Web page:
She may be 68 years old and a grandmother of seven, but she still wants to find her birth mother.
Madam Thanapakiam is Chinese, but can hardly speak a word of Mandarin or Hokkien.
She was given away to an Indian family when she was one or two months old.
Instead, she considers Tamil as a language close to her heart.
This year, there can be no better Christmas gift than a reunion with her birth mother.
"Everybody has a mother, and my greatest desire is to see the lady who gave birth to me," she says.
She is aware that her biological mother may not be alive, but hangs on to the frail hope that Madam Gam Soon Hiang and her husband, Mr Koh Ah Bak were young when they had her.
Both were born in China.
"I remember getting a glimpse of my birth name, which I remember to be Koh Siew Moi or Koh Sui Moi, when I was young and my brother handed the birth cert to school authorities," explains Madam Thanapakiam.
She says the birth certificate went missing after her brother's death.
Later on, she managed to get a copy of the birth certificate from the Immigration & Checkpoints Authority of Singapore, but it did not display her birth name.
A family friend who facilitated the adoption told Madam Thanapakiam that she was given away because of her father's superstitions.
"He told me that my father wanted to give me away because of his superstitious beliefs; they said his stars and mine were at odds, and that I was a curse to his life," she explains.
Although she admits to feeling a bit sad about the circumstances, Madam Thanapakiam says she does not blame or resent him.
"I'm guessing they had many children, so I'm hoping to reconnect with my siblings too," she adds.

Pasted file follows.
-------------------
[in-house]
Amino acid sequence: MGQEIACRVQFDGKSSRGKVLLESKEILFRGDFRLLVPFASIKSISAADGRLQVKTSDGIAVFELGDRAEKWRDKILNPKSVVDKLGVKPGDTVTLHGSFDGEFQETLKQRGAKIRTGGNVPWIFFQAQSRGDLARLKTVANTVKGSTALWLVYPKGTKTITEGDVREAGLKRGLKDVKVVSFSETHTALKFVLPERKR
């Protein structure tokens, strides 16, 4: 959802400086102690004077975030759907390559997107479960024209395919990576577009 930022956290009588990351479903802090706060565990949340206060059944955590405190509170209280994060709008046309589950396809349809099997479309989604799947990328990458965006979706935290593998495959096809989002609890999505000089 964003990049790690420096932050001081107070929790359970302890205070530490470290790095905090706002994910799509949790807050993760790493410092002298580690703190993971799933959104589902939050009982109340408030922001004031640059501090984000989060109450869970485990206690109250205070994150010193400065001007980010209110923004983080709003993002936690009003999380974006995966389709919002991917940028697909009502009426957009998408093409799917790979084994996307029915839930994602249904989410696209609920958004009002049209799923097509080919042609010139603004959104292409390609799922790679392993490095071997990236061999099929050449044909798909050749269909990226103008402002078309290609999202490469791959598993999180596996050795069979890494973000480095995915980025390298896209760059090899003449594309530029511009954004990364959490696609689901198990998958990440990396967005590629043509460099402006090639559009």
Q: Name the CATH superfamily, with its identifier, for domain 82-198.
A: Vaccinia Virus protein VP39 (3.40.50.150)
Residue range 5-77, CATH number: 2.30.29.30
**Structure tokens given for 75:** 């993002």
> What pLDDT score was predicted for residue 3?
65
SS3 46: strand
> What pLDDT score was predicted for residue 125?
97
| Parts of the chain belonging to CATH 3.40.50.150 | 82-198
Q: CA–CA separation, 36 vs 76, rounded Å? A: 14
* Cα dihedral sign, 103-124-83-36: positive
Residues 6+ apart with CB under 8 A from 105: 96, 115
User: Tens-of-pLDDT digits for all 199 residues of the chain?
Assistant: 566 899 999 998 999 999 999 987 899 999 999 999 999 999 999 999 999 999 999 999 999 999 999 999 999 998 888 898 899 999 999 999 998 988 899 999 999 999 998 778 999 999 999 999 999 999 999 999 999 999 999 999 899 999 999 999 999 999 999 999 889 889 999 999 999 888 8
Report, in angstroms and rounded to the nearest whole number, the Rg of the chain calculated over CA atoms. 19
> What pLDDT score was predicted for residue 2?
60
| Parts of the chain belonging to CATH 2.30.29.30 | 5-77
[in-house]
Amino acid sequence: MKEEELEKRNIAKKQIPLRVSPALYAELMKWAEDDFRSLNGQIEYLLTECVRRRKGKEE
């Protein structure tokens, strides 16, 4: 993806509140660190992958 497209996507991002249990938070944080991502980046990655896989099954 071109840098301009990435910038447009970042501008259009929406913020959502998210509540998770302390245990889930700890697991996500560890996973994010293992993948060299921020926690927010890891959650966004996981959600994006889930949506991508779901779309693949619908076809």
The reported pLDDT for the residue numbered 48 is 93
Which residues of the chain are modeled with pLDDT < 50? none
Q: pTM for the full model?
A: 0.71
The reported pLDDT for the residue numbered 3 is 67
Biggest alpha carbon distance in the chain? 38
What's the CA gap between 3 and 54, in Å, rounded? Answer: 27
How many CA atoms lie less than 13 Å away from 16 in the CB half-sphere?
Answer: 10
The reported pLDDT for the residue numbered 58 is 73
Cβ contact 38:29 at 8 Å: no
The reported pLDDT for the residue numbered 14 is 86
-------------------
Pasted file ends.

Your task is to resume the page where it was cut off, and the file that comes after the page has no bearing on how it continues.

She emphasises that her desire for a reunion is strong, but not because she was mistreated by her adopted family.
Instead, she was the apple of her mother's eye.
"I was the youngest in the family, and I had two elder brothers, and one elder sister. I was never treated differently or felt less loved because my skin colour was different from theirs.
"My adoptive mother and I shared a close bond. She passed away years ago and I still miss her," she says.
The urge to search for her birth mother only began after her adoptive mother died, and at the encouragement of her daughters.
"I didn't want to make my adoptive mother feel that I didn't treasure her or that I was going to leave or anything like that," says the soft-spoken woman.
Apart from the names of her biological parents, she has no other leads.
But there have been glimmers of hope across the years - Madam Thanapakiam said that her husband bumped into a woman who looked like her many years ago, but did not dare to approach her then.
"She was with a man and he did not want to send the wrong signals, but if I was with him, I would definitely approach her to ask if we were related," she says with a laugh.
For now, an anecdote from her elder adoptive sister gives her hope.
"My sister said that for some time, my birth mother used to come and visit me in tears," she says.
"It was only after she became pregnant with her second child that she stopped. I'm guessing I meant something to her too."
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